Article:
Conference: 2015 PH Professional Network Symposium
Release Date: 09.17.2015
Presentation Type: Abstracts
File Download: 2015 Symposium Abstract - 1017
File Size: (236 kb)
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Describe characteristics of symptoms and relationships between demographics, clinical characteristics, healthcare utilization patterns and symptom burden (SB) in patients with pulmonary arterial hypertension (PAH).
There is currently no cure for PAH; thus treatment is aimed at prolonging survival, and SB mitigation. Patients living with advanced illness experience SB, which impacts quality of life (QOL), and can lead to increased healthcare utilization. Palliative care (PC) has been associated with higher QOL, longer survival, and decreased depression and aggressive care. Detection of patients at high risk for heavy SB may help to identify patients who could benefit from earlier integration of PC into standard care.
A descriptive correlational study was conducted over a seven-month period. A consecutive sample of patients diagnosed with PAH receiving multiple medications and in functional class (FC) II or higher were recruited at an academic PAH specialized center. SB was measured using the Memorial Symptom Assessment Scale (MSAS).
All participants (N=49) reported some symptomology. The mean number of symptoms reported was 16.0 (SD +/- 6.8), with a range of 1 to 29. Despite possessing better functional status, PAH patients reported distinctively higher symptom burden across the MSAS indices when compared to other cardiovascular diseases. Working patients reported lower Global Distress Index (GDI) subscale scores (p=0.006), Physical (PHYS) subscale scores (p=0.003), and Psychological (PSYCH) subscale scores (p=0.035). Patients receiving endothelin antagonists reported a statistically lower number of symptoms (p=0.012). They also reported lower GDI, PSYCH and PHYS subscales average scores though none were significant. Patients on intravenous (IV) prostanoid therapy had higher ED visits (p<0.001) and hospitalizations (p=0.049).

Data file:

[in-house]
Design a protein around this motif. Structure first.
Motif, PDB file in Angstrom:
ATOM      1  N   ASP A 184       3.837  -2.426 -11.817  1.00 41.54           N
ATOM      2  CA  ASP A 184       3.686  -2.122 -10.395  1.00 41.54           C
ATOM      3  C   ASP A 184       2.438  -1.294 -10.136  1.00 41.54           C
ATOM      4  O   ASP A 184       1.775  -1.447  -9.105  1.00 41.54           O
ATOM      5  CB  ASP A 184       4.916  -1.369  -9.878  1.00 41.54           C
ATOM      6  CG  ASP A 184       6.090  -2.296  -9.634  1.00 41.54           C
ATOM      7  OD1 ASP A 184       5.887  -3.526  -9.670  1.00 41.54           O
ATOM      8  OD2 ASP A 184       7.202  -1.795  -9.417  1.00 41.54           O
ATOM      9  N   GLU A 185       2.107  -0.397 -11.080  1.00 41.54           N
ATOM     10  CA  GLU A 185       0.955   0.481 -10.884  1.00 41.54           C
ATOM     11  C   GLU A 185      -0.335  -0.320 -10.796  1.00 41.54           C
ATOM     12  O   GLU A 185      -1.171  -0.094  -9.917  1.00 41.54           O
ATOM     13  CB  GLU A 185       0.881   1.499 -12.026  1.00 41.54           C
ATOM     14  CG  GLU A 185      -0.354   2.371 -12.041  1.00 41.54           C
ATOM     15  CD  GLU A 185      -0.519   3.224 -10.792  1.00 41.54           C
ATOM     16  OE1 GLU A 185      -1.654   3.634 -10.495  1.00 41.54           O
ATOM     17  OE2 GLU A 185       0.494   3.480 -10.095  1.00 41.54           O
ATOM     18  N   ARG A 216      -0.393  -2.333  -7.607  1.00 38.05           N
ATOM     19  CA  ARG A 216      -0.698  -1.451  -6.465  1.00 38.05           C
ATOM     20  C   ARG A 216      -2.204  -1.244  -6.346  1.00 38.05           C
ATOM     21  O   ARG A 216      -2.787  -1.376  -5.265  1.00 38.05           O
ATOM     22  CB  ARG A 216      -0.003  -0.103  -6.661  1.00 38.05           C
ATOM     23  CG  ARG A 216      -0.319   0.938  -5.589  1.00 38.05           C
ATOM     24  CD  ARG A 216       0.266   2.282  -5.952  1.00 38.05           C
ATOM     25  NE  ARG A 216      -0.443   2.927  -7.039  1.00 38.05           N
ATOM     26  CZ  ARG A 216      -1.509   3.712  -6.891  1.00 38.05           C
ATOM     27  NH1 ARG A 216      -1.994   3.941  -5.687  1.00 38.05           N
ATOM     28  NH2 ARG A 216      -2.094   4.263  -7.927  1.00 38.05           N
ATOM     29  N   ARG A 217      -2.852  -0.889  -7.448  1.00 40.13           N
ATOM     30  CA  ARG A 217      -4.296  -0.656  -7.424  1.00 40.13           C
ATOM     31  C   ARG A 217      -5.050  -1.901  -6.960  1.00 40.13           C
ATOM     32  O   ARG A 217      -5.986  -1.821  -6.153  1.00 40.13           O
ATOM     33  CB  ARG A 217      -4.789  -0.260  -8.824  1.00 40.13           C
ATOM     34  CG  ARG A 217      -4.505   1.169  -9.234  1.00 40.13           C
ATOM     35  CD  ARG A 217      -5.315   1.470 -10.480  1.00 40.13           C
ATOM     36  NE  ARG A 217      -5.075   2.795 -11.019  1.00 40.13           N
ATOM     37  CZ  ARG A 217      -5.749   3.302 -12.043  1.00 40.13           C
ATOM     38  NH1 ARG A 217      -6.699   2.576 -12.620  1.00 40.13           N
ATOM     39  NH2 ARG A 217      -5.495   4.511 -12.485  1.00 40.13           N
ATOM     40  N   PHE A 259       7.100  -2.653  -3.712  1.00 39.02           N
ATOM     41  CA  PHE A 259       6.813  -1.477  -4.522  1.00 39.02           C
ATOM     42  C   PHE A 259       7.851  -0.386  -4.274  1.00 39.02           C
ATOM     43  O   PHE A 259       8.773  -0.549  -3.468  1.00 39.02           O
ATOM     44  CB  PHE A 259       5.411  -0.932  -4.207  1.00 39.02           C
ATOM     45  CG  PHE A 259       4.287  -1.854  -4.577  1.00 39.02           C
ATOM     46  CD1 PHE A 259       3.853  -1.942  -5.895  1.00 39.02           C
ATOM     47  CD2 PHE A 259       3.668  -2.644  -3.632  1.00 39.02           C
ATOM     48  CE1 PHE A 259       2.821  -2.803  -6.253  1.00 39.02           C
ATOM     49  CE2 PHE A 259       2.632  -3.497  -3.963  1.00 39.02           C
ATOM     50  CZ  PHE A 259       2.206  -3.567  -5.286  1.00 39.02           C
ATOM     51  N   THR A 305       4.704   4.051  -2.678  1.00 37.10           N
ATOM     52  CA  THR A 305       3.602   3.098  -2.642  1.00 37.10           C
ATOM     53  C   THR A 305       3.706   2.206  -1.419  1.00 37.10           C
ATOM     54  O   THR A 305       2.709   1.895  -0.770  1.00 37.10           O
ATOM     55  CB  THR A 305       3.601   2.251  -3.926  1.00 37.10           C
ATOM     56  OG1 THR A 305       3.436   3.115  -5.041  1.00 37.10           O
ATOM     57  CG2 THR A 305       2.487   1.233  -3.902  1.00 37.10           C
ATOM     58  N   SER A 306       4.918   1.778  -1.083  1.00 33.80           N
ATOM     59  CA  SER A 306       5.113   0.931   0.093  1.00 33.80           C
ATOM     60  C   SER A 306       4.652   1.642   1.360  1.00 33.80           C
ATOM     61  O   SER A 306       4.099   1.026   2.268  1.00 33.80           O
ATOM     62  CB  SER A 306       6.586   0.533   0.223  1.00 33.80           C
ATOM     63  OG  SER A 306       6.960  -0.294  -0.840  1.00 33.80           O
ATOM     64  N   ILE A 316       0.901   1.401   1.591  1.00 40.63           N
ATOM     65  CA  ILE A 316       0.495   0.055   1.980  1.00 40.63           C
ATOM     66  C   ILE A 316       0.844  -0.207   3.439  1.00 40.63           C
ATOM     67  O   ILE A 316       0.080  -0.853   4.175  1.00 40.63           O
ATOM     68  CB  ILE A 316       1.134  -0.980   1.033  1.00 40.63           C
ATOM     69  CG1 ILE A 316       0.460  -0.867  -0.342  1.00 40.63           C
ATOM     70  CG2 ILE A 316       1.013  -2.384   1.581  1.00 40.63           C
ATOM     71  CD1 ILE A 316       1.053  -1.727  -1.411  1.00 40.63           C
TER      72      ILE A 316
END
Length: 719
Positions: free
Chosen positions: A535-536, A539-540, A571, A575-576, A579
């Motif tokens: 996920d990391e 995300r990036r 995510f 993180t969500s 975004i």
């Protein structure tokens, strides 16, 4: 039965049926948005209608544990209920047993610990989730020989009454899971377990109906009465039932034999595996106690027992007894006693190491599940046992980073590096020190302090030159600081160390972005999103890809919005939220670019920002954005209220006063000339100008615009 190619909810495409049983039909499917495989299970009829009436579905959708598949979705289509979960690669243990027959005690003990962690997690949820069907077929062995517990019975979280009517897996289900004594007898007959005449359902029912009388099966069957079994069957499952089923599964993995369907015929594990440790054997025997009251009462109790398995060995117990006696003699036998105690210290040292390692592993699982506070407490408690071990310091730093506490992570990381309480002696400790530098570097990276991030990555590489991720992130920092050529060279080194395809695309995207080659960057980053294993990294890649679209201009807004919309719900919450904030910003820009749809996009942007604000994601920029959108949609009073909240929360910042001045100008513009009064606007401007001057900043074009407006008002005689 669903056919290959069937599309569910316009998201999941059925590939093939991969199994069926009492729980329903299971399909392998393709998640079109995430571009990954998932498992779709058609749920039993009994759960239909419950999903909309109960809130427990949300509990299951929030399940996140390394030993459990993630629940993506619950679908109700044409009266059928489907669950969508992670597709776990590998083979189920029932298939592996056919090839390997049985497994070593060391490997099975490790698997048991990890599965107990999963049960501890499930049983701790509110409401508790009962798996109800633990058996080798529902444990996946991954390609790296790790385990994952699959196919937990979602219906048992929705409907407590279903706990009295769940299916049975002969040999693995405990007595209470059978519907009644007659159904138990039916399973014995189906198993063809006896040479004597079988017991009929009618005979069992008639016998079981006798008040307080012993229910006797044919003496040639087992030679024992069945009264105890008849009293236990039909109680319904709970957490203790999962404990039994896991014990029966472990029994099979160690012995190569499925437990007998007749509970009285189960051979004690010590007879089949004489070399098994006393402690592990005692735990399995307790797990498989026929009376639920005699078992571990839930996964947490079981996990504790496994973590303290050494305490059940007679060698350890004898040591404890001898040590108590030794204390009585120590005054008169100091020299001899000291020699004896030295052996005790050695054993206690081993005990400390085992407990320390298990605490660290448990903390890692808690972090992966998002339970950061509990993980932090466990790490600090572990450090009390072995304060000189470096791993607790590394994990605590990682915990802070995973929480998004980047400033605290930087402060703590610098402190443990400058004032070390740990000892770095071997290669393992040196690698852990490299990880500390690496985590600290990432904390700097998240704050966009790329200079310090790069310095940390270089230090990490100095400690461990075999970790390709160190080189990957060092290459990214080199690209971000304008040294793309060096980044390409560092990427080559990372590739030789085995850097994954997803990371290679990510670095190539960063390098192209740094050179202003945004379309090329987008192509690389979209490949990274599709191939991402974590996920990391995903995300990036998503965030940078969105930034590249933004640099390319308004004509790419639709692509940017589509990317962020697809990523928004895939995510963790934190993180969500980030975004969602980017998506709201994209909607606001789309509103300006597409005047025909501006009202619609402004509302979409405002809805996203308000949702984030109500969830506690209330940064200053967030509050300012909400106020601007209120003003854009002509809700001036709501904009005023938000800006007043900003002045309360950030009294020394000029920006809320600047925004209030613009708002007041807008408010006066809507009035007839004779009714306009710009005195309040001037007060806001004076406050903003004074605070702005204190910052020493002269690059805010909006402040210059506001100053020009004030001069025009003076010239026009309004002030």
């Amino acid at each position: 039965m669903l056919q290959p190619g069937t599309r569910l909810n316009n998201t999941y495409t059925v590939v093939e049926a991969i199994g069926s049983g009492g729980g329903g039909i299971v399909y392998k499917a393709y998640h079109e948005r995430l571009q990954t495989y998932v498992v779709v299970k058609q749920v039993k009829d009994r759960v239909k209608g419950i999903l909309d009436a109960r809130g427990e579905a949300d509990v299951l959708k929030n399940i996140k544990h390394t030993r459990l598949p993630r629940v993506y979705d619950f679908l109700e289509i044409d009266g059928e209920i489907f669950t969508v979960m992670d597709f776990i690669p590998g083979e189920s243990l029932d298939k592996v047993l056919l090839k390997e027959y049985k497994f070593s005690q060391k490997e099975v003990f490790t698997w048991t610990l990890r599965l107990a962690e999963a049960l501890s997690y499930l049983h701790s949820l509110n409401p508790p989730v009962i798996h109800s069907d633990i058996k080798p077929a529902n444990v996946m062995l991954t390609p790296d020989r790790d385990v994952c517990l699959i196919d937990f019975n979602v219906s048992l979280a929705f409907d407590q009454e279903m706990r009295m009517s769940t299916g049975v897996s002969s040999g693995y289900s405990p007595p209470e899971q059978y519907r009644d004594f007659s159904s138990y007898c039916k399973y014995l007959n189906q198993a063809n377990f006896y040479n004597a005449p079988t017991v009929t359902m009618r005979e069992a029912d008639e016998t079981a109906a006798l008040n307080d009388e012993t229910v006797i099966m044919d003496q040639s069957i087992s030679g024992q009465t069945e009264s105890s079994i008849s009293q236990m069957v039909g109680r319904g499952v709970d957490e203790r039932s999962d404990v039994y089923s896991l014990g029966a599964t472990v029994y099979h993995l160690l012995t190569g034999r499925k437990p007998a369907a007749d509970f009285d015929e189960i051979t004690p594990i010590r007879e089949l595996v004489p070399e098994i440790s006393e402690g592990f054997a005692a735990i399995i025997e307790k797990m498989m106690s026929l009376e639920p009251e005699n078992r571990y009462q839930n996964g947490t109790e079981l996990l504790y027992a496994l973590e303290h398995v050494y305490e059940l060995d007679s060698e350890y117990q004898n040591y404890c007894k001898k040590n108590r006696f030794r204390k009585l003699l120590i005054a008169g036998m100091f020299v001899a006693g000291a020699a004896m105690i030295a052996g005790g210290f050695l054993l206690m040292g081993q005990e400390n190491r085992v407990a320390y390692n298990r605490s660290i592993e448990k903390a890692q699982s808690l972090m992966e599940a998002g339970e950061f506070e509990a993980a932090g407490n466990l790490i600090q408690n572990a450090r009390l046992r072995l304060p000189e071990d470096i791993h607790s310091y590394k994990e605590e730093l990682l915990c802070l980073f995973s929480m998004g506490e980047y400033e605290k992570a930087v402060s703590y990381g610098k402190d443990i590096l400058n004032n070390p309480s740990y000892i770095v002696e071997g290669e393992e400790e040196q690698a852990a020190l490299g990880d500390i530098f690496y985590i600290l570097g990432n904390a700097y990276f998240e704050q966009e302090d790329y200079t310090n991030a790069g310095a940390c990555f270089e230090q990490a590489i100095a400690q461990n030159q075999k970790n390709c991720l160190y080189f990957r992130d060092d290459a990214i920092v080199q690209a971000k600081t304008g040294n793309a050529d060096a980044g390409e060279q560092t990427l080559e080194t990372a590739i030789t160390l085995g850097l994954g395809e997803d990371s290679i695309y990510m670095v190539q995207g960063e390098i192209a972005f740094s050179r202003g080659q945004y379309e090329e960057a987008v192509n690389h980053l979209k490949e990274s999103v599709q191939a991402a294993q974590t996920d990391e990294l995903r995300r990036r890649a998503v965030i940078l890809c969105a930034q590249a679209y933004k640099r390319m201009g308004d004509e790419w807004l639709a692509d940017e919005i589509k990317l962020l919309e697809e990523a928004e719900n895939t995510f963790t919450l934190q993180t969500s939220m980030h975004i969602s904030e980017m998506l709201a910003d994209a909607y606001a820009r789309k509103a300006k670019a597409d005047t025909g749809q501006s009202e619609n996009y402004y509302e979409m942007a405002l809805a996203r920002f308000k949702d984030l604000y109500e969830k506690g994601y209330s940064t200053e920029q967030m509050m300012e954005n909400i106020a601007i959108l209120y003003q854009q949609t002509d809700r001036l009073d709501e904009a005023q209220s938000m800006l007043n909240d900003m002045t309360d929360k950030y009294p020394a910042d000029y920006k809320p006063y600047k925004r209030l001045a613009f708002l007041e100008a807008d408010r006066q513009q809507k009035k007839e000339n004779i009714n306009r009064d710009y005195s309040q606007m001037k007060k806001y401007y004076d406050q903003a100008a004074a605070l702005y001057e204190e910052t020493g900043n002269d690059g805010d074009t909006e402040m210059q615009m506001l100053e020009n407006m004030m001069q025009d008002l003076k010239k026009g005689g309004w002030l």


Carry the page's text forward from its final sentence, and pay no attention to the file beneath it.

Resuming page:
Patients with PAH have a heavy SB compared to other cardiopulmonary diseases such as COPD and CHF. Patients not working, with FC III or higher, needing more than 2 clinic visits in a six-month period, and not receiving endothelin antagonist medications, may be at higher risk for heavy SB, and benefit from earlier integration of PC into their standard care. Further research is needed to assess the impact of earlier integration of PC into standard care of PAH patients.